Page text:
Member Profile
Todd & Karen Humphreys
Worland, WY & Oracle, AZ

Many couples cannot imagine a better retirement than living life on the road in a luxury RV, visiting far-flung grandchildren (15 of them) behind the wheel of a luxury motorhome. Todd and Karen Humphreys share that vision. They enjoy each other's company as they experience America through a windshield.

There are two significant differences between the Humphreys and the rest of the RV crowd: They get paid for every mile and their "RV" is a 1998 Peterbilt with an Ultra Sleeper.

"I don't know why anyone would want to buy a motorhome," says Todd. "These people should go into trucking, see America, spend time with their grandkids and get paid for their efforts."

Todd and Karen Humphreys got into trucking 13 years ago after retiring from private business. The couple always wanted to work together, but little did they know that it would mean being together 24/7 and logging more than 235,000 miles a year in a big rig.

Todd was a businessman who over the years owned three veterinary practices with his father, operated a satellite dealership and owned a small trucking company that serviced oil fields. Karen drove dump trucks. She was belly dumping on runways when she met Todd. She says she may be the only female who was involved in building runways in Ft. Wyuka, AZ, for the space shuttle.

When the couple became empty-nesters, they began driving team. For three years the Humphreys drove for Ryder Freight until the company went under. Then they drove for Kimberly Clark. They joined OOIDA in 1991. "Even as drivers we belonged to OOIDA," Todd says with a grin.

As owner-operators, Todd and Karen still drive team and log 1,200-plus miles a day mostly hauling parts for airlines. This adds up to more than 235,000 miles a year in their big Pete filled with all the comforts of home. Todd says the Ultra Sleeper allows them to have the luxury of a queen-size bed instead of bunks. The rig and flatbed is 74 feet overall. "We ordered the rig sight unseen," says Karen. "When we picked it up even the flatbed with 10 custom boxes was perfect."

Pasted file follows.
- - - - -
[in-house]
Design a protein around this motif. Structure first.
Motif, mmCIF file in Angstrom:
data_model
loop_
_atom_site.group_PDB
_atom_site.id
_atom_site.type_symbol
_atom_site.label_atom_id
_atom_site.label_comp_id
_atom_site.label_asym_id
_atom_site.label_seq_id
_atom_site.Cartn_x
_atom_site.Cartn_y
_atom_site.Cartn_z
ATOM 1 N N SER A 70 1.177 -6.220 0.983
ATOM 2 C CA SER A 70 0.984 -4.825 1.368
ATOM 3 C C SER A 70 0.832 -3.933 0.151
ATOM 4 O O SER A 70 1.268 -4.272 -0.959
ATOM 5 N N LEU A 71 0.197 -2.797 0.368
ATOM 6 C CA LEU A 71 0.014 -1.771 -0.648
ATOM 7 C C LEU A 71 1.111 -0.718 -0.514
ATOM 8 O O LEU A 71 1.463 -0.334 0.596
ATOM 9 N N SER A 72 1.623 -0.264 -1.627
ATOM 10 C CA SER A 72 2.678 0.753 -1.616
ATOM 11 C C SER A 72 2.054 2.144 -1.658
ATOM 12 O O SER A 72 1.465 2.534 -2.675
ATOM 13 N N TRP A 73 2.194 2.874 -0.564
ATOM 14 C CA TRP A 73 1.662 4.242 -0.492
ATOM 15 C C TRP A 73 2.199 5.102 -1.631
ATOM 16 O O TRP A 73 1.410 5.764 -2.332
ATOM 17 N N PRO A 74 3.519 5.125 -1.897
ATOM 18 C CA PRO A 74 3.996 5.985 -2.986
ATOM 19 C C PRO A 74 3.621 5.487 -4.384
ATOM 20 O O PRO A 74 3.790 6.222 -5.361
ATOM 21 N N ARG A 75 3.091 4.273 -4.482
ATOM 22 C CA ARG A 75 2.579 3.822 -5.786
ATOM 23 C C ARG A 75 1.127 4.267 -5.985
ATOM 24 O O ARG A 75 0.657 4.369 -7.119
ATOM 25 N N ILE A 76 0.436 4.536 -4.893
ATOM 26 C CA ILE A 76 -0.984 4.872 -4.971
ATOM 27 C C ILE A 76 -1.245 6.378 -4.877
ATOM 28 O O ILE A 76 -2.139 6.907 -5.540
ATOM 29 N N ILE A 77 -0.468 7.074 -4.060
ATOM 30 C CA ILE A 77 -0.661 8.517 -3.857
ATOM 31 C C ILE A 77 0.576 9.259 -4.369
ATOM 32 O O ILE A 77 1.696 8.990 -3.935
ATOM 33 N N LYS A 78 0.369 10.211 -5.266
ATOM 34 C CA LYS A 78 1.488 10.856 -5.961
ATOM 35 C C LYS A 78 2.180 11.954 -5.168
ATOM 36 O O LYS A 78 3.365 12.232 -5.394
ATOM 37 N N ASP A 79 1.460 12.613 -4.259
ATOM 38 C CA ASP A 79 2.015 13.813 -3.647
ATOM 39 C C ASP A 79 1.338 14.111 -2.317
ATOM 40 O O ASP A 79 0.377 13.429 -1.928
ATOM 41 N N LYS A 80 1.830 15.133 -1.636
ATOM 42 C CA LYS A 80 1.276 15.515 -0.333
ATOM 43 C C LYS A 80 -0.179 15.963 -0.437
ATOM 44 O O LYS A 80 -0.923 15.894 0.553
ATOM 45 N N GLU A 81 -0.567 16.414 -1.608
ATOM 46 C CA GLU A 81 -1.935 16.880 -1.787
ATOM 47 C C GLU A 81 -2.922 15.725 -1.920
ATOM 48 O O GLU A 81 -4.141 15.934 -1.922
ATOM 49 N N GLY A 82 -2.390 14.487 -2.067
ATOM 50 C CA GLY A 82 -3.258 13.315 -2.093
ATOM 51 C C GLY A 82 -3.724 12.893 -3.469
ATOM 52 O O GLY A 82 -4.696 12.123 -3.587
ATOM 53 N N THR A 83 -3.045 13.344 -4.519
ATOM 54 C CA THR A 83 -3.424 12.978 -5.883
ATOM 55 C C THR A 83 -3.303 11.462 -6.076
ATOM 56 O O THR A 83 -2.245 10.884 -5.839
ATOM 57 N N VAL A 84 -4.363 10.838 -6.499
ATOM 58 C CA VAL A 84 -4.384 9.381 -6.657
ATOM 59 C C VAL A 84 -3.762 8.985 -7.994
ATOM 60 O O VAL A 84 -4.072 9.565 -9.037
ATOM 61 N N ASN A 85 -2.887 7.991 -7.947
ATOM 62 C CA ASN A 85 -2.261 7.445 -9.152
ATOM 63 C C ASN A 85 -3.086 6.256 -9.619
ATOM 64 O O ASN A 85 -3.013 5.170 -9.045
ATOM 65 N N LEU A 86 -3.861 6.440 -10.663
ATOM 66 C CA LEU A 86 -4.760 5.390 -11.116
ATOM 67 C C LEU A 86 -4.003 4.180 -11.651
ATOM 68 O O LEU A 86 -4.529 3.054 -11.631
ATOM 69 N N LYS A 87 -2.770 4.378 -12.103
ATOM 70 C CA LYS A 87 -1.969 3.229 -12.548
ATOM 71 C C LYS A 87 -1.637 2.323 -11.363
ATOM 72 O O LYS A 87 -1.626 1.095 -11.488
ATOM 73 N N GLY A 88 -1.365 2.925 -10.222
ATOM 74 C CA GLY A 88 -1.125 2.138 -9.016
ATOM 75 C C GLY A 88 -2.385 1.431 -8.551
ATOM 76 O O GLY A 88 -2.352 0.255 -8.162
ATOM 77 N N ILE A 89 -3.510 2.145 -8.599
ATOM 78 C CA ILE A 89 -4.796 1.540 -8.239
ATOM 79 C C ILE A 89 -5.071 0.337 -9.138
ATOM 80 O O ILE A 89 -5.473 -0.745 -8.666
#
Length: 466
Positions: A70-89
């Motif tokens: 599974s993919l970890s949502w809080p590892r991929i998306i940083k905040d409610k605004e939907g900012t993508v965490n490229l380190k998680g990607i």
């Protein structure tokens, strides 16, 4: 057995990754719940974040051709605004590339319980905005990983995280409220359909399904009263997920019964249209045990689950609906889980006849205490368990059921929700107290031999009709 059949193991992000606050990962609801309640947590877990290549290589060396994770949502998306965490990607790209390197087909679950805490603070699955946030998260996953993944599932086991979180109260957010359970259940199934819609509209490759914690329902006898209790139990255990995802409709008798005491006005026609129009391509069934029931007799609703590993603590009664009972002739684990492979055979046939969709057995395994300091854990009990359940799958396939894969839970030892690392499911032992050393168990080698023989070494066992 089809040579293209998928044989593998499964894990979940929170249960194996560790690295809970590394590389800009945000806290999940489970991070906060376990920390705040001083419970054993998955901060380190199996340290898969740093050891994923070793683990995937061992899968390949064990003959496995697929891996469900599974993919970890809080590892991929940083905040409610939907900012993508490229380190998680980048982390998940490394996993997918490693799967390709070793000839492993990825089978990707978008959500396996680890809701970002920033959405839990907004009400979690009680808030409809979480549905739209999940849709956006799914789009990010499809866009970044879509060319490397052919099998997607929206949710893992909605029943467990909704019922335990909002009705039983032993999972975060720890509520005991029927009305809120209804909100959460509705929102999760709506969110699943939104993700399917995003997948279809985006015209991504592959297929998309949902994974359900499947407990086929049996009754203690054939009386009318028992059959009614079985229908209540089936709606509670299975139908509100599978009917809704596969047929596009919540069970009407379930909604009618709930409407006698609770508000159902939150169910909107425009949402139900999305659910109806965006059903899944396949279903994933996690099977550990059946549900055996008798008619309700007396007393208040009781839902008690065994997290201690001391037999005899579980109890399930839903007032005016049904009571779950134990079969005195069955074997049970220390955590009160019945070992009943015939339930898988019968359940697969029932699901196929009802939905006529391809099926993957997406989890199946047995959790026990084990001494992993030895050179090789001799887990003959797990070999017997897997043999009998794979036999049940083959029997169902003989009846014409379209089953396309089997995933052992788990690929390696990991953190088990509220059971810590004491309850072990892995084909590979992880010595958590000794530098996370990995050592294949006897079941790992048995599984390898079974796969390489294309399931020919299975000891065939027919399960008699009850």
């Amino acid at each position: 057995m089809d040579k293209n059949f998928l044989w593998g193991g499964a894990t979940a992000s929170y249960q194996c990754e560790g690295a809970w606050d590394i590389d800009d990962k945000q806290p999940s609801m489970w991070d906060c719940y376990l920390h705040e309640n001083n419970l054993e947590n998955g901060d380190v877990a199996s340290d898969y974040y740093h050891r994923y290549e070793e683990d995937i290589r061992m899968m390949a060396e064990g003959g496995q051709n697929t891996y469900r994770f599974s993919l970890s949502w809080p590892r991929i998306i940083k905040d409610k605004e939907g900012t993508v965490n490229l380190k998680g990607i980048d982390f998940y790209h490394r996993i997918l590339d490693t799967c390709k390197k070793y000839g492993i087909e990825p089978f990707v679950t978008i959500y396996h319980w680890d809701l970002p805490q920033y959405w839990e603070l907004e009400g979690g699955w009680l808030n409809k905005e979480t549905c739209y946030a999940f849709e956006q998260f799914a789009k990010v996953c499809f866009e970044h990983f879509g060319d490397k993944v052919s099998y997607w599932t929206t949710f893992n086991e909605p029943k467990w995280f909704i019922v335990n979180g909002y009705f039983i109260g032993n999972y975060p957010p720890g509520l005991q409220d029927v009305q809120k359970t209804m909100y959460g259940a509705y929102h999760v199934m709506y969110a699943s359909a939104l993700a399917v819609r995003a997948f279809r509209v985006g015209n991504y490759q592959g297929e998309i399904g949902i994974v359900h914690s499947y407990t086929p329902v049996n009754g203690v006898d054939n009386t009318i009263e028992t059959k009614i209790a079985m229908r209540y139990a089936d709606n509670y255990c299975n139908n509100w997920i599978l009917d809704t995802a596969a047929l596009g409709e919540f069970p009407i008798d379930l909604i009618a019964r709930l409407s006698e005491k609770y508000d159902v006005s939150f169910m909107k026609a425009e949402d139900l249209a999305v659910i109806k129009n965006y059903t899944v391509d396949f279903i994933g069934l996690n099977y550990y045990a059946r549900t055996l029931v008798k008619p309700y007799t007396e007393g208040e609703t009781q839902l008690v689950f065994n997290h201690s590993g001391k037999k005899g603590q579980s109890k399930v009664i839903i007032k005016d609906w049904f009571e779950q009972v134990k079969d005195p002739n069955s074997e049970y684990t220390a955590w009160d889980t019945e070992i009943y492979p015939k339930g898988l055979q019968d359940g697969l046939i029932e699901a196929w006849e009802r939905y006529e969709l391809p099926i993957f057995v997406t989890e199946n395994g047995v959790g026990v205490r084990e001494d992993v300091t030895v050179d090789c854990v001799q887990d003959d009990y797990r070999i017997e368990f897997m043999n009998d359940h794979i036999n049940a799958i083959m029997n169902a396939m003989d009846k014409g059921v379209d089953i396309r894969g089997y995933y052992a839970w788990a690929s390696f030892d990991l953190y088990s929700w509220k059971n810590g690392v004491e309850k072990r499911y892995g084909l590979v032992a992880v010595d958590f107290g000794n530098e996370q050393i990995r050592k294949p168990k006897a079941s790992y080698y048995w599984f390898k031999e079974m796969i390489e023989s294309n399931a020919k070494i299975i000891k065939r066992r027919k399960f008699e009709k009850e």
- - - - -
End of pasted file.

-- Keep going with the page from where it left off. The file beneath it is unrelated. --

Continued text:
"When we ordered the truck we knew we would be virtually living in it," says Todd. "We wanted every creature comfort we could fit in the cab. We mostly haul jet engines, so weight wasn't a worry."

The Humphreys added an entertainment system with satellite dish, 13-inch television, VCR, computer, power tools and a vacuum. And to run it all, they selected a Trace inverter.

"I knew I wanted to power the unit on AC. That meant looking into power inverters," notes Todd. "I wanted one with enough wattage to handle heavy loads and one that would plug in and charge the batteries while supplying power."

The couple chose a Series 1 inverter-charger, manufactured by Trace Engineering of Arlington, WA. The unit provides 1,100 continuous watts of power with 3,000 watts of AC for several minutes of surge (surge represents the initial high electricity draw to power a device). They can shut down the truck and still run all equipment for eight to 10 hours, thanks to extra batteries which give them extra time.

"It sure is nice to be self-contained," says Todd. "When we need to recharge, we just idle the truck for a short while, or connect to shore power." While Todd says he can't wait for the day when truckstops all offer power, he and Karen "plug in" as often as possible. He says shore power is no real big problem since they frequently spend the weekend at one of their five kids' homes and most airports they haul to have convenient plug-ins.

Delta in Atlanta, in fact, invites them to bed down in a hanger. "It makes Todd's day since he would be happy to sweep runways just to be around planes," says Karen. "Todd earned his pilot's license at age 14 and loved to be called for search and rescue when he was a vet in Wyoming."

The Humphreys enjoy being on the road in their rig so much that they spend an average of only three days at the home they maintain in Worland, WY. They also own a residence in Oracle, AZ.

"Oracle is more on our trip route, we enjoy the weather and plan to retire there when we quit trucking," says Todd.